One of the cool things about being a teacher is getting a fresh start on a regular basis. You get amped up about the coming school year and you dive into it with a revised plan. The weeks and months of student interactions unfold and you find yourself approaching May with a bag full of bitter losses, plans that fell apart and students wishing you were dead. If this sounds like hyperbole to you, then you are obviously not a teacher.
Of course, there are the plans that work out great and the students who you helped and heck, some of them even tell you so. It's not all bad, but we humans do tend to focus on the negative parts, don't we? So you find yourself nearing May, having a lot of conversations with yourself in the car on the commute home. What worked this year? What didn't? What will you do different next year? The cool thing is that you can kind of cut your losses at graduation and start fresh in August.
As this time of reflection has rolled up on me this semester, it's had me looking back and really considering the social aspect of being a teacher. This is something teachers don't talk about very often but perhaps they should, as it appears to be a weakness for many of us. What is the social aspect of being a teacher? It's pretty much everything beyond the dry delivery of information in your class. And no one wants to be the dry deliverer of information. We all have personalities and teaching approaches that inform that delivery. In 3 hour studio classes, there's also a lot of personal interaction that goes on which makes who you are almost as important as what you know. What I mean by that is that if you are a cold, personality-void-of-a-human and you know a lot of stuff, you may be able to pass that information along to a couple of the self starters in your class. But if you are engaging and passionate and you show a personal interest in the lives of your students, you will certainly reach a much larger group of students. This separates the ineffective "teachers" from the best teachers you've ever had.
I teach those 3 hour studio art classes. Those classes meet twice each week for 3 hours each. That's 6 hours of contact time with each student each week. 6 hours in the same room with them. 6 hours of working on tedious projects. If you wanted to be the dry deliverer of information, your classes would seem unbearable. I had classes like that in college. Dreadful. But I also had classes with engaging and fun professors who yelled and waxed philosophical in class while their students worked. Those were the preferred studio environments.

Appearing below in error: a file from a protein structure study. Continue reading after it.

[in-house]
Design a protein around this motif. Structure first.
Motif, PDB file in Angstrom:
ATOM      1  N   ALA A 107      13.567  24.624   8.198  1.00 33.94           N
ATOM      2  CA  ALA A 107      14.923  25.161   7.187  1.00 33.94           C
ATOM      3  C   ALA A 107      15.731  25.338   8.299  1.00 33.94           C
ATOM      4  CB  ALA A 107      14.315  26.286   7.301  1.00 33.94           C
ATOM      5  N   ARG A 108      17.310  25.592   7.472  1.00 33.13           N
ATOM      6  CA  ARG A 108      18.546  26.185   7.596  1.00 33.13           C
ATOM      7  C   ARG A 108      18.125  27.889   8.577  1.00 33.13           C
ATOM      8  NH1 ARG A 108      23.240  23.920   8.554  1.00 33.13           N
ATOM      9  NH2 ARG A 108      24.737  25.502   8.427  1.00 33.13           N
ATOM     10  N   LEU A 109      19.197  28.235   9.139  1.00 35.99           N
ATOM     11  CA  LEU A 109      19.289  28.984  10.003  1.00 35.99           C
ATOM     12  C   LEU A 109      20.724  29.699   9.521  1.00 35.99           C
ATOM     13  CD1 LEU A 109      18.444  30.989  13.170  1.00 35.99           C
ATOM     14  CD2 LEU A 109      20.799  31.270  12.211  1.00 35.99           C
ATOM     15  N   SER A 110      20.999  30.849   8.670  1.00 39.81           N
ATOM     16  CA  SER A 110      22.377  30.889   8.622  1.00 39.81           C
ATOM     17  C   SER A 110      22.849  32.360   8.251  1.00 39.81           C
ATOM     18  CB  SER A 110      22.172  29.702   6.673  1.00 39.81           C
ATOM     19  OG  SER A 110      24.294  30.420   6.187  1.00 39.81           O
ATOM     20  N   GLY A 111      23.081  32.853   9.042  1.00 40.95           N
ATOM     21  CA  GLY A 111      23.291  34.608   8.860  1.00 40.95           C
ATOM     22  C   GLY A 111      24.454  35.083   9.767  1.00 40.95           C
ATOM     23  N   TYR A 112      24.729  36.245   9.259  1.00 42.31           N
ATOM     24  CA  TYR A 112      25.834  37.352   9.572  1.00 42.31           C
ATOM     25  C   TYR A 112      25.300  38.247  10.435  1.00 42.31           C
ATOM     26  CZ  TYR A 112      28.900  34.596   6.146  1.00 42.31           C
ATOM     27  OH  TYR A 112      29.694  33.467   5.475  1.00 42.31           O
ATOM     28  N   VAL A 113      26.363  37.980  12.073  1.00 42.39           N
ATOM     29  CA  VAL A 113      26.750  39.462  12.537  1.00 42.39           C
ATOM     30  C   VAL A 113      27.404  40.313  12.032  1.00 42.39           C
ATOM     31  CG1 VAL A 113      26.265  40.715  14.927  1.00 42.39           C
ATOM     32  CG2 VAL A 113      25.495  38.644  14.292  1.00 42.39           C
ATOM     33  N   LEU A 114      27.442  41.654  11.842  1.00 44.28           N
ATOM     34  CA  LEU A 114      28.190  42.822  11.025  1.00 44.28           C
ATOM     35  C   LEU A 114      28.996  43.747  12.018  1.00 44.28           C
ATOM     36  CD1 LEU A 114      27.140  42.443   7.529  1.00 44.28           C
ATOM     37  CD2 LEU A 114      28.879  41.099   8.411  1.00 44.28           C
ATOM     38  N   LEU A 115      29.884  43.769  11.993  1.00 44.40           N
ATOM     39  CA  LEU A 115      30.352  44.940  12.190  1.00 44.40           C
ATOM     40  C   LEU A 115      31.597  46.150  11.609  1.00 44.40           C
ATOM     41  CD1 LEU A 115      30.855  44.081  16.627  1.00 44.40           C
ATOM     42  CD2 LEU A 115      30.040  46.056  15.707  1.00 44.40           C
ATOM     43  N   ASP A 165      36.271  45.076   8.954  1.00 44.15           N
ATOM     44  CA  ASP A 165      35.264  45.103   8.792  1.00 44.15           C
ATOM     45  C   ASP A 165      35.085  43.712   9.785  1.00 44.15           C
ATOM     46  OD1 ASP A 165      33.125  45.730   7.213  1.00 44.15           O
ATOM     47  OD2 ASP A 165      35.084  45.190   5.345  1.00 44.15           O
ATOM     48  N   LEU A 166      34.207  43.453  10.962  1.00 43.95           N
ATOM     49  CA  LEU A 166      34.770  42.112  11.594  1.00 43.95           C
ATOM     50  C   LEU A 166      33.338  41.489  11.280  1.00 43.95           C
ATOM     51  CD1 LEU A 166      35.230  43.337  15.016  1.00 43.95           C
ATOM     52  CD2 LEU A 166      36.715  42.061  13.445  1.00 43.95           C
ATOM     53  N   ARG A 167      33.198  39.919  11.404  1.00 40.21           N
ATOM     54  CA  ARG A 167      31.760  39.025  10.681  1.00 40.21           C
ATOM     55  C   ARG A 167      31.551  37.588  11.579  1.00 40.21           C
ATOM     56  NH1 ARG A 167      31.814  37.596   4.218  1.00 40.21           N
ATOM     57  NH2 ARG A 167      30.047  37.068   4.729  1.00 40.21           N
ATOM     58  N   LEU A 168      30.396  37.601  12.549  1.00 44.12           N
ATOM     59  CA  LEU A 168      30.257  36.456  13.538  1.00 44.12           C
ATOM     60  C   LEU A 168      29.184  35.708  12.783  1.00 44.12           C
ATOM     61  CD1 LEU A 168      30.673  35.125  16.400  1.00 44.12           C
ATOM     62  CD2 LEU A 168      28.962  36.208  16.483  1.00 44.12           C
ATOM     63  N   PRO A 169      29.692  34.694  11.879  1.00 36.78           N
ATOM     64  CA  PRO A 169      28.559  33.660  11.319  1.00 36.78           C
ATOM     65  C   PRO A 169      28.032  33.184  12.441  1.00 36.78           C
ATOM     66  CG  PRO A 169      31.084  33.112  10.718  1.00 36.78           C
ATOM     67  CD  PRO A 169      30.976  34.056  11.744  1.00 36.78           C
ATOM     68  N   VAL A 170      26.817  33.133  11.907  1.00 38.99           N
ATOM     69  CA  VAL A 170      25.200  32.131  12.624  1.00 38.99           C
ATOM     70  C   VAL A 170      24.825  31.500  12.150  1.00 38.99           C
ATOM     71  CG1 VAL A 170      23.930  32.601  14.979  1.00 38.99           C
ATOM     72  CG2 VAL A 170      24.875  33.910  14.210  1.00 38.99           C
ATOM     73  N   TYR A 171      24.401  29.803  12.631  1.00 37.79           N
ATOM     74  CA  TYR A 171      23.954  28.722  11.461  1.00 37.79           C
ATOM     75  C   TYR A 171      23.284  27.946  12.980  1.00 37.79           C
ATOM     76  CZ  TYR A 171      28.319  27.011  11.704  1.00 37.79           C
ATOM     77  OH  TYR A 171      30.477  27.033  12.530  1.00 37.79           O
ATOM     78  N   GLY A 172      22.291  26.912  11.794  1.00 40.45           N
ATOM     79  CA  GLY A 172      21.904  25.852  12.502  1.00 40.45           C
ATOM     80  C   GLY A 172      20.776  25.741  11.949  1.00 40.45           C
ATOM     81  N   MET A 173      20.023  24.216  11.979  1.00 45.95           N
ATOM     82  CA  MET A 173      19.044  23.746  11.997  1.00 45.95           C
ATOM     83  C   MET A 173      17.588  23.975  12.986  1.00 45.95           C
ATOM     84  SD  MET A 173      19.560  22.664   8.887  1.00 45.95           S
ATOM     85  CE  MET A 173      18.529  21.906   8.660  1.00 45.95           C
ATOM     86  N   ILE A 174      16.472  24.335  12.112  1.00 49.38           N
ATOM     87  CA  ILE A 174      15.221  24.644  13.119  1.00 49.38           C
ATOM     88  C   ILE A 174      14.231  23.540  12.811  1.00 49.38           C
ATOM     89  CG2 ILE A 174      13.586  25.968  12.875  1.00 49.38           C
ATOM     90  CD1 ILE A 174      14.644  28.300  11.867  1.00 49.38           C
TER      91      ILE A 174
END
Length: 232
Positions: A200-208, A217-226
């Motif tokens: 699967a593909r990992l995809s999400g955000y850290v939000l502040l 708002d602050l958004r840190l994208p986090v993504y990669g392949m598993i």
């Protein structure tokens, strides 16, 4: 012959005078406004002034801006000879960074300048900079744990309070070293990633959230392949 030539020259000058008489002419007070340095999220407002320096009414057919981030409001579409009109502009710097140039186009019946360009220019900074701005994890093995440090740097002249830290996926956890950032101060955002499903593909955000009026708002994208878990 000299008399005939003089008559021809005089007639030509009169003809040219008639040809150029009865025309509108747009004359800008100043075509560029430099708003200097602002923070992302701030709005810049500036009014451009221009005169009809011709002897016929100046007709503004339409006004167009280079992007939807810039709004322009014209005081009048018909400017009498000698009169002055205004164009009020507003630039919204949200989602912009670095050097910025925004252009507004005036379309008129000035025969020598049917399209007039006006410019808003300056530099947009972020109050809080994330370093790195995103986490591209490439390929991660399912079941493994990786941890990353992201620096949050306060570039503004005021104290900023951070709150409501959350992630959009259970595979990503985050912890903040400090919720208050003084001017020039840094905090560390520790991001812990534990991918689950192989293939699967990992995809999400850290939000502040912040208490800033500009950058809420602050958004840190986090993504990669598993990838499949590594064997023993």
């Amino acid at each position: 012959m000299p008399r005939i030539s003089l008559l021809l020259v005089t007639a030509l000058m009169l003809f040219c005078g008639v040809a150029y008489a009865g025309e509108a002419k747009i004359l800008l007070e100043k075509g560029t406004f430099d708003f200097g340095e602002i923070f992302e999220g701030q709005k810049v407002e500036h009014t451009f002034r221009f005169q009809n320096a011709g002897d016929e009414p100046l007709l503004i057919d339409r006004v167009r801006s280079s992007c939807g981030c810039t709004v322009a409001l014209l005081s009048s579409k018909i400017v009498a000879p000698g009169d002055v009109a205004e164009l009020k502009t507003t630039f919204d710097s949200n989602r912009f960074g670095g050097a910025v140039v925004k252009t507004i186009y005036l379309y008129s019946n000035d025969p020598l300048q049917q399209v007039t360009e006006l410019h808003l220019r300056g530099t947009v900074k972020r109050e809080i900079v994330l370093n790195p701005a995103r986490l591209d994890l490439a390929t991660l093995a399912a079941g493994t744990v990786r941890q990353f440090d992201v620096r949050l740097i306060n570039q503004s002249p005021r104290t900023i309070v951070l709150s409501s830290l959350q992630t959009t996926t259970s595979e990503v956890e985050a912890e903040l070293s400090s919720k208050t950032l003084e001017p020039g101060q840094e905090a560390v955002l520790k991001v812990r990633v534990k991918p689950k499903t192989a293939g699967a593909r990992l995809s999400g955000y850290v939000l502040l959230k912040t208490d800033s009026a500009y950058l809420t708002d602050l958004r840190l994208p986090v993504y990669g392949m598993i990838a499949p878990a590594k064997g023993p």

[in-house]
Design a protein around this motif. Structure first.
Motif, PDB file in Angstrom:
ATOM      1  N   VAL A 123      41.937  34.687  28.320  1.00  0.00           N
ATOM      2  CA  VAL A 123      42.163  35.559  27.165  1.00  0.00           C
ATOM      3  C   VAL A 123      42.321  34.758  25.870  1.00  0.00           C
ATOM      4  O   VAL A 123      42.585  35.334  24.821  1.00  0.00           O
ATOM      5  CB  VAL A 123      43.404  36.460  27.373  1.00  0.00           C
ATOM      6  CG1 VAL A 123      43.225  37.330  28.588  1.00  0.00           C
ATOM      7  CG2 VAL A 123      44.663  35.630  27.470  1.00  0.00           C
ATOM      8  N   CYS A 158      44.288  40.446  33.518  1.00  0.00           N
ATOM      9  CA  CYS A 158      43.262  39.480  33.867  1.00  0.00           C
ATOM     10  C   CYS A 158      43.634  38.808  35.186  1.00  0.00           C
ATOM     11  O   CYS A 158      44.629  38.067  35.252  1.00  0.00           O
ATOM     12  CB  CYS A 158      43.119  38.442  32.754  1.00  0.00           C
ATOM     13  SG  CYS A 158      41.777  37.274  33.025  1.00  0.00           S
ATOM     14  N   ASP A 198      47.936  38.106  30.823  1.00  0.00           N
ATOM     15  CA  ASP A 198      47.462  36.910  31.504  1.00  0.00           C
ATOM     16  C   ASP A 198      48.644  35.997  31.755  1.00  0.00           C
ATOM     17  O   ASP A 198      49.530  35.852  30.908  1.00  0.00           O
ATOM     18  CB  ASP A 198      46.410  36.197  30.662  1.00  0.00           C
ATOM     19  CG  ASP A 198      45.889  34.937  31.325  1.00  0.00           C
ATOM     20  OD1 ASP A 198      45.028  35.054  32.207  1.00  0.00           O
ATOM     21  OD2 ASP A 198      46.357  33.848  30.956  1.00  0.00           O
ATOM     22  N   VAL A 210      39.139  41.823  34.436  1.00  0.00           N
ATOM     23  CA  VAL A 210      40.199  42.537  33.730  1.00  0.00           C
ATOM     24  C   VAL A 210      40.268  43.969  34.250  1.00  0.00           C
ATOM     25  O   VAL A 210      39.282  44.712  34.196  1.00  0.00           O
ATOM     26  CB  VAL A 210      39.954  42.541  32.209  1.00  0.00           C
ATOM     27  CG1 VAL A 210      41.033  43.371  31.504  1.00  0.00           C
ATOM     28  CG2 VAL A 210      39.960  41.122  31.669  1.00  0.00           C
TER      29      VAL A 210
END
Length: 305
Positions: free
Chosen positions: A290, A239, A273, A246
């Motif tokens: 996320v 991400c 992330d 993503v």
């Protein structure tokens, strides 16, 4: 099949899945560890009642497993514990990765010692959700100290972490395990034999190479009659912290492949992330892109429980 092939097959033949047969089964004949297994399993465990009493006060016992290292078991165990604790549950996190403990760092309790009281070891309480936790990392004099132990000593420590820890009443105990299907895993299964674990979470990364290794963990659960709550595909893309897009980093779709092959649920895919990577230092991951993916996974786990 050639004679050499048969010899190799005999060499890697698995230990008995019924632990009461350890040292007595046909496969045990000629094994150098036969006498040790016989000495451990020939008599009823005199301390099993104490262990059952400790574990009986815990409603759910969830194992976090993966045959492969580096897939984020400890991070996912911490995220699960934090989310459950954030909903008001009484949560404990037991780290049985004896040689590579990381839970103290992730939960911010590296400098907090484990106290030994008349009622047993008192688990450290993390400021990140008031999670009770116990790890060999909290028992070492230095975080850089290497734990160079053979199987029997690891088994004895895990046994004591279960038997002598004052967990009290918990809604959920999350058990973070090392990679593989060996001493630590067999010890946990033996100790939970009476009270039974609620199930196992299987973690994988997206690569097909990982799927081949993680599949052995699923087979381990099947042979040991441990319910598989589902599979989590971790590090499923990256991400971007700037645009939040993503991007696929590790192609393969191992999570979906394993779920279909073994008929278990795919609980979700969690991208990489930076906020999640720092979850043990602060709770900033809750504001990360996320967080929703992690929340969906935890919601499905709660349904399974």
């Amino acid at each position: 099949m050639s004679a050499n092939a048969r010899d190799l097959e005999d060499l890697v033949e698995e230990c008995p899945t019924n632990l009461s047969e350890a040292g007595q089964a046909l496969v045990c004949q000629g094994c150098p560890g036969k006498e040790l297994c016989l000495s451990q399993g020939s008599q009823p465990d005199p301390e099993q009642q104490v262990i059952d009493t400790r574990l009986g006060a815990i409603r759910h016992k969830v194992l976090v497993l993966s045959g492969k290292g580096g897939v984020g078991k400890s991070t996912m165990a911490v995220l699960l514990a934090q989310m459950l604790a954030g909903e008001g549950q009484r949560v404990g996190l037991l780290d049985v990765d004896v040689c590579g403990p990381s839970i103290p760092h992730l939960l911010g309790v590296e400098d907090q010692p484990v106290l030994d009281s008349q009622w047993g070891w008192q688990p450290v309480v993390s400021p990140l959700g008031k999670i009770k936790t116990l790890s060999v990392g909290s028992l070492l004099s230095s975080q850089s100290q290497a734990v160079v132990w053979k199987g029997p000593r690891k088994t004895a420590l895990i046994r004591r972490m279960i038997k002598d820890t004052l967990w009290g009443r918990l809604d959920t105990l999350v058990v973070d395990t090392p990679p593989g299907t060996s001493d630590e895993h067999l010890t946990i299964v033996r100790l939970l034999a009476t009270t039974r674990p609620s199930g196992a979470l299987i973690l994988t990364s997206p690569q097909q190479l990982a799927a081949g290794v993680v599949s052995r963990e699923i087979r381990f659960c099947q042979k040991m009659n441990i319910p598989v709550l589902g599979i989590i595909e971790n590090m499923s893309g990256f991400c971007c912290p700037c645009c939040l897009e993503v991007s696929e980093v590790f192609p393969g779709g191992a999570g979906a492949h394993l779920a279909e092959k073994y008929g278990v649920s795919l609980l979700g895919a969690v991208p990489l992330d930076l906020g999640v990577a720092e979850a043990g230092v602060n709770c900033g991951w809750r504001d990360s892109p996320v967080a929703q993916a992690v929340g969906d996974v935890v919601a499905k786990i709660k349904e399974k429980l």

Seasame Street and the Magic School Bus taught us that education can be entertaining. Taking notes from Kermit the Frog, I've learned that my classes can be rigorous, my projects can be challenging and my subject matter feared as long as I make it fun. I know there are teachers who would scoff at this, and I'd quietly tell you to spend 6 hours a week in those teachers' classes and get back to me on who was correct. Because my subject is Sculpture, I basically live in a toy box every day at school. When I get bored watching students work without needing any help, I can grab a couple of things and make some sort of ridiculous thing to make everyone laugh. We can take a couple of hammers to a project gone astray and pulverize it into oblivion. We'll do something absurd for a couple of minutes and then everyone can get back to work with a renewed sense of focus. My method is proven. It holds up.
But the social aspect of being a teacher goes beyond this surface classroom entertainment. A good teacher asks questions and gets to know their students. I'm lucky enough to be a part of a department that acts more like a family. Our extra curricular activities allow us to get to know students outside of class and identify with them on different levels. The ways this can link students and professors are many and varied. It's probably just best to give a few real life examples.
We talked about Nick recently. Oh, I guess I shouldn't use real names. So we'll call this student "Snick" to protect his identity. When Snick started out that first year, he wasn't really all that open to my nonsense. When students resist the goofing around and keep their walls high and strong, my tendency is to try harder. Snick wasn't having it. I would have told you at that time that he hated me. So I shifted my time and attention to places I felt it was better received. That part is really difficult and that could probably be a whole series of blog posts, but I'll leave that for another day. Then, 3 years later, I wear Snick down when he's forced to take my class again. I did my usual thing of being silly, asking questions and getting to know him and it worked. He opened up and really came into his own as a sculptor in my classes, making some of the strongest work he made as a student here.
Then there was "Smolly". Smolly showed interest in the nonsense right out of the gate and even participated in it. During less ridiculous conversations she engaged in more thoughtful questions and discussions, even stretching over into some semi-spiritual aspects of art. She continued to be engaged as a student the whole time she was with us and this allowed us to really grow into each other. She's headed off to grad school now and this year she mailed me the most meaningful letter of appreciation.